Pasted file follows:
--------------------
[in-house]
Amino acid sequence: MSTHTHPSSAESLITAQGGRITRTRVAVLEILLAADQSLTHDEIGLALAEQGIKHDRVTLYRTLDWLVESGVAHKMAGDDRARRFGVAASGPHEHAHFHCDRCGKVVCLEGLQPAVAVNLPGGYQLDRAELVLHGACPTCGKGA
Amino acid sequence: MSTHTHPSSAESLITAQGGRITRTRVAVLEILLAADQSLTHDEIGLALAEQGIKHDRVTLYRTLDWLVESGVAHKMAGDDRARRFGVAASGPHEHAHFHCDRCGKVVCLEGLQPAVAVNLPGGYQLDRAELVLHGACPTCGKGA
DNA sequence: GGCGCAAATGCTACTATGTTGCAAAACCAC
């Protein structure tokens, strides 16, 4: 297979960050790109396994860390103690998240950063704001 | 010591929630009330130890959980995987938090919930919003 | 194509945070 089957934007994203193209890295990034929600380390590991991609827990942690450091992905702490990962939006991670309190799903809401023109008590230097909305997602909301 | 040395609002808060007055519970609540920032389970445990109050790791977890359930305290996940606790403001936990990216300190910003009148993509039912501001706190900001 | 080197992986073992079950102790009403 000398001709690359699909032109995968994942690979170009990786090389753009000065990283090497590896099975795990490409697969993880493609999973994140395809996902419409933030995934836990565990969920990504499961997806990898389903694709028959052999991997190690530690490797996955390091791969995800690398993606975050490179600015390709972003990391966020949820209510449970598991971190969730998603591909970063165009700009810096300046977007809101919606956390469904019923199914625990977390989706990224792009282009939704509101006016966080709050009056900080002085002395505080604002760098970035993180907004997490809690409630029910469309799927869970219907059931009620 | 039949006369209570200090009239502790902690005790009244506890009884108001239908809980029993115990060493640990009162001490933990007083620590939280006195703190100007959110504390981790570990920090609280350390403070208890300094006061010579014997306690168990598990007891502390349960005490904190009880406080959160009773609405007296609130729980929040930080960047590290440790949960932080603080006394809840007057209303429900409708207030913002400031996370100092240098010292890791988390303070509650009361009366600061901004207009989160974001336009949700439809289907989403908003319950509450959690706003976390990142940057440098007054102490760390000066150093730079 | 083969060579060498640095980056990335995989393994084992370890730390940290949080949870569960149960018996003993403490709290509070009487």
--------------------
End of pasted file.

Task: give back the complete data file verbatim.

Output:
[in-house]
Amino acid sequence: MSTHTHPSSAESLITAQGGRITRTRVAVLEILLAADQSLTHDEIGLALAEQGIKHDRVTLYRTLDWLVESGVAHKMAGDDRARRFGVAASGPHEHAHFHCDRCGKVVCLEGLQPAVAVNLPGGYQLDRAELVLHGACPTCGKGA
Amino acid sequence: MSTHTHPSSAESLITAQGGRITRTRVAVLEILLAADQSLTHDEIGLALAEQGIKHDRVTLYRTLDWLVESGVAHKMAGDDRARRFGVAASGPHEHAHFHCDRCGKVVCLEGLQPAVAVNLPGGYQLDRAELVLHGACPTCGKGA
DNA sequence: GGCGCAAATGCTACTATGTTGCAAAACCAC
């Protein structure tokens, strides 16, 4: 297979960050790109396994860390103690998240950063704001 | 010591929630009330130890959980995987938090919930919003 | 194509945070 089957934007994203193209890295990034929600380390590991991609827990942690450091992905702490990962939006991670309190799903809401023109008590230097909305997602909301 | 040395609002808060007055519970609540920032389970445990109050790791977890359930305290996940606790403001936990990216300190910003009148993509039912501001706190900001 | 080197992986073992079950102790009403 000398001709690359699909032109995968994942690979170009990786090389753009000065990283090497590896099975795990490409697969993880493609999973994140395809996902419409933030995934836990565990969920990504499961997806990898389903694709028959052999991997190690530690490797996955390091791969995800690398993606975050490179600015390709972003990391966020949820209510449970598991971190969730998603591909970063165009700009810096300046977007809101919606956390469904019923199914625990977390989706990224792009282009939704509101006016966080709050009056900080002085002395505080604002760098970035993180907004997490809690409630029910469309799927869970219907059931009620 | 039949006369209570200090009239502790902690005790009244506890009884108001239908809980029993115990060493640990009162001490933990007083620590939280006195703190100007959110504390981790570990920090609280350390403070208890300094006061010579014997306690168990598990007891502390349960005490904190009880406080959160009773609405007296609130729980929040930080960047590290440790949960932080603080006394809840007057209303429900409708207030913002400031996370100092240098010292890791988390303070509650009361009366600061901004207009989160974001336009949700439809289907989403908003319950509450959690706003976390990142940057440098007054102490760390000066150093730079 | 083969060579060498640095980056990335995989393994084992370890730390940290949080949870569960149960018996003993403490709290509070009487």